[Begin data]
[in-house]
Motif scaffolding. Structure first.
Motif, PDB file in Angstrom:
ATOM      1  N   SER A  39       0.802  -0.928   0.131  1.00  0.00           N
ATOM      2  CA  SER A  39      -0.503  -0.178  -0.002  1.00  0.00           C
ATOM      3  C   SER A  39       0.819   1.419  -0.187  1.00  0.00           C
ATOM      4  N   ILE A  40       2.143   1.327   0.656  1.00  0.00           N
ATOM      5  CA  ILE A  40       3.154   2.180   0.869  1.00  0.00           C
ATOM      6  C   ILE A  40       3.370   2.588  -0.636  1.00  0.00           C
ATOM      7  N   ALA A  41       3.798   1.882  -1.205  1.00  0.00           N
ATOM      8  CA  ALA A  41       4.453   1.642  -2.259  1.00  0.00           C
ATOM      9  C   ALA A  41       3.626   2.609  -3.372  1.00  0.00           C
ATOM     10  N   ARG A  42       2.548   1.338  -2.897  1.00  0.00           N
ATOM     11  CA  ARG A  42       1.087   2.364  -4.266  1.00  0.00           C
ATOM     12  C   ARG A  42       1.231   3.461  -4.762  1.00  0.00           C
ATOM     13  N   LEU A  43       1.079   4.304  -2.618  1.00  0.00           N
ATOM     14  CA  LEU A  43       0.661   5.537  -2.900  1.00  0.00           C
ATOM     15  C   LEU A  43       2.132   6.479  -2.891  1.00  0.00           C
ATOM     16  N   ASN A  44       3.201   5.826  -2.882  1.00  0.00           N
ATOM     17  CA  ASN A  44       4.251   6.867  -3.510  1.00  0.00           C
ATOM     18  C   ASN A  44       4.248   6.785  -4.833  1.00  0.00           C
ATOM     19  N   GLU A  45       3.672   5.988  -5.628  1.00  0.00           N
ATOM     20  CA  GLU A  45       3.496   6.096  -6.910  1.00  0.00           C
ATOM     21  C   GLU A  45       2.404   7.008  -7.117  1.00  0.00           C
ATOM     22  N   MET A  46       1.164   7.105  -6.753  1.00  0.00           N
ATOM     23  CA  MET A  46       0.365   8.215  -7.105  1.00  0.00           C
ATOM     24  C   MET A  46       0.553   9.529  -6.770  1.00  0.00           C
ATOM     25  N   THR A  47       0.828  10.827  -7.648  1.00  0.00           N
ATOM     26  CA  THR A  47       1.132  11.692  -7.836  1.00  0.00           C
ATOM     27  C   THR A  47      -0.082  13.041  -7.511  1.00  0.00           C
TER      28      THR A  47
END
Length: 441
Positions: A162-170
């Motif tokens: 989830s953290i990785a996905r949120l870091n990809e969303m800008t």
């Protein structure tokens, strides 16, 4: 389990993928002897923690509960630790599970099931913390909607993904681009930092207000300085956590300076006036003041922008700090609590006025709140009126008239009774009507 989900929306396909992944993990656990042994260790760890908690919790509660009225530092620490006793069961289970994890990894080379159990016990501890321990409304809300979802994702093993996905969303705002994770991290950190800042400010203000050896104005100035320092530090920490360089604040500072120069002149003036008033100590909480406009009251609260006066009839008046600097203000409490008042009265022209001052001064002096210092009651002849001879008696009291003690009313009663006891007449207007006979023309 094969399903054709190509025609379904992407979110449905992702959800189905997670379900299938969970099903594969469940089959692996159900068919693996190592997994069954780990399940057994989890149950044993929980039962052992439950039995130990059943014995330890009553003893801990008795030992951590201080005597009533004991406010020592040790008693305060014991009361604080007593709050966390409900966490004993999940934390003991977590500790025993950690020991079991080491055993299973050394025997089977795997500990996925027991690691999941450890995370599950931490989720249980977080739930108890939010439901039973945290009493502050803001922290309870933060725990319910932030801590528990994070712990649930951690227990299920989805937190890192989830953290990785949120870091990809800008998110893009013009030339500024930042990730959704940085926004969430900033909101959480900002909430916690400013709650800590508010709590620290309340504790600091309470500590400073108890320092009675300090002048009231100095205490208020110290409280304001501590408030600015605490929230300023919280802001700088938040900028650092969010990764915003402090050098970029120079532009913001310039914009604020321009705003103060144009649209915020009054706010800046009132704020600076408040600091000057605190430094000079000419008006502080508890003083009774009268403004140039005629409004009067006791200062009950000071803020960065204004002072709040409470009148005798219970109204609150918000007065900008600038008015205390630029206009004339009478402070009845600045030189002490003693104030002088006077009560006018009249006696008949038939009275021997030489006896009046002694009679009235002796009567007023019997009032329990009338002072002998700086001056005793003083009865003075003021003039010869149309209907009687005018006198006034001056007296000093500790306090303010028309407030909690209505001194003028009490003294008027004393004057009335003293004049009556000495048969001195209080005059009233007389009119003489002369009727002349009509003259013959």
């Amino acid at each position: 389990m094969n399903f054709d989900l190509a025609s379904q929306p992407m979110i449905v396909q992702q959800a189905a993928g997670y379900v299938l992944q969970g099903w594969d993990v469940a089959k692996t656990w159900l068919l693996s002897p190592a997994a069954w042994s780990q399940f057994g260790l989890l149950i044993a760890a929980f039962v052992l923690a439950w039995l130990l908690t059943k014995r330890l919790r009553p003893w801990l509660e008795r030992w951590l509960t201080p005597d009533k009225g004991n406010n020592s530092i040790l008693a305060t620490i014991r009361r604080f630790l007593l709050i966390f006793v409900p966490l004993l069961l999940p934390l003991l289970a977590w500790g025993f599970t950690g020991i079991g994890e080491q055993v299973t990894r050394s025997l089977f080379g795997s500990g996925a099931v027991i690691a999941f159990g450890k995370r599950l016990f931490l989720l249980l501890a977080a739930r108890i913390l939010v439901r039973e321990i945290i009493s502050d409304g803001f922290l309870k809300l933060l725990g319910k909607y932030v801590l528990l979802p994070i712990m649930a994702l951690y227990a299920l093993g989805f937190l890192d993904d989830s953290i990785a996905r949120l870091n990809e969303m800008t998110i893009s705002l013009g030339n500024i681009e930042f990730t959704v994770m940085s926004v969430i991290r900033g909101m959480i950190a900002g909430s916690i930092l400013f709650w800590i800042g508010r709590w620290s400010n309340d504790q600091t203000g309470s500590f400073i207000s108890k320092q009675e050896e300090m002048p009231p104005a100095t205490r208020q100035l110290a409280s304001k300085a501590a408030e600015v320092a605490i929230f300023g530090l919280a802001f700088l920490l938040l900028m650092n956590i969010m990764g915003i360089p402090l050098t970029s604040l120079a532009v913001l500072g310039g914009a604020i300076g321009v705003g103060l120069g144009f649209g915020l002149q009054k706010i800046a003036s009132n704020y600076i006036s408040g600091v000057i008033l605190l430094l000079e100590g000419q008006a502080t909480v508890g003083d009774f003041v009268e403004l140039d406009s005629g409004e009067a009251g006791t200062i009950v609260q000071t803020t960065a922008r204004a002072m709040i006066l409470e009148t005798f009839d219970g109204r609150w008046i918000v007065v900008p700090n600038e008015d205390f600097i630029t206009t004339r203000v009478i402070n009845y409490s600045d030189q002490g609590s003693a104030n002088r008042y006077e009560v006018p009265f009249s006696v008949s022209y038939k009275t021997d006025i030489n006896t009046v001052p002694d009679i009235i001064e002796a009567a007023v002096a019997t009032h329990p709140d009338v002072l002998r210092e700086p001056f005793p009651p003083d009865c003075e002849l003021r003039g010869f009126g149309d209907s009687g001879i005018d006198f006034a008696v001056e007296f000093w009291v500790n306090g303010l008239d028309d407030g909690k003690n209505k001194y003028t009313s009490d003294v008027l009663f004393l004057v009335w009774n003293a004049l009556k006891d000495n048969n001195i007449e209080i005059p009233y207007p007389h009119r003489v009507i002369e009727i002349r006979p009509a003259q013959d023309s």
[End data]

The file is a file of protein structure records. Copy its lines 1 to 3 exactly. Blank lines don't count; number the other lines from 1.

[in-house]
Motif scaffolding. Structure first.
Motif, PDB file in Angstrom: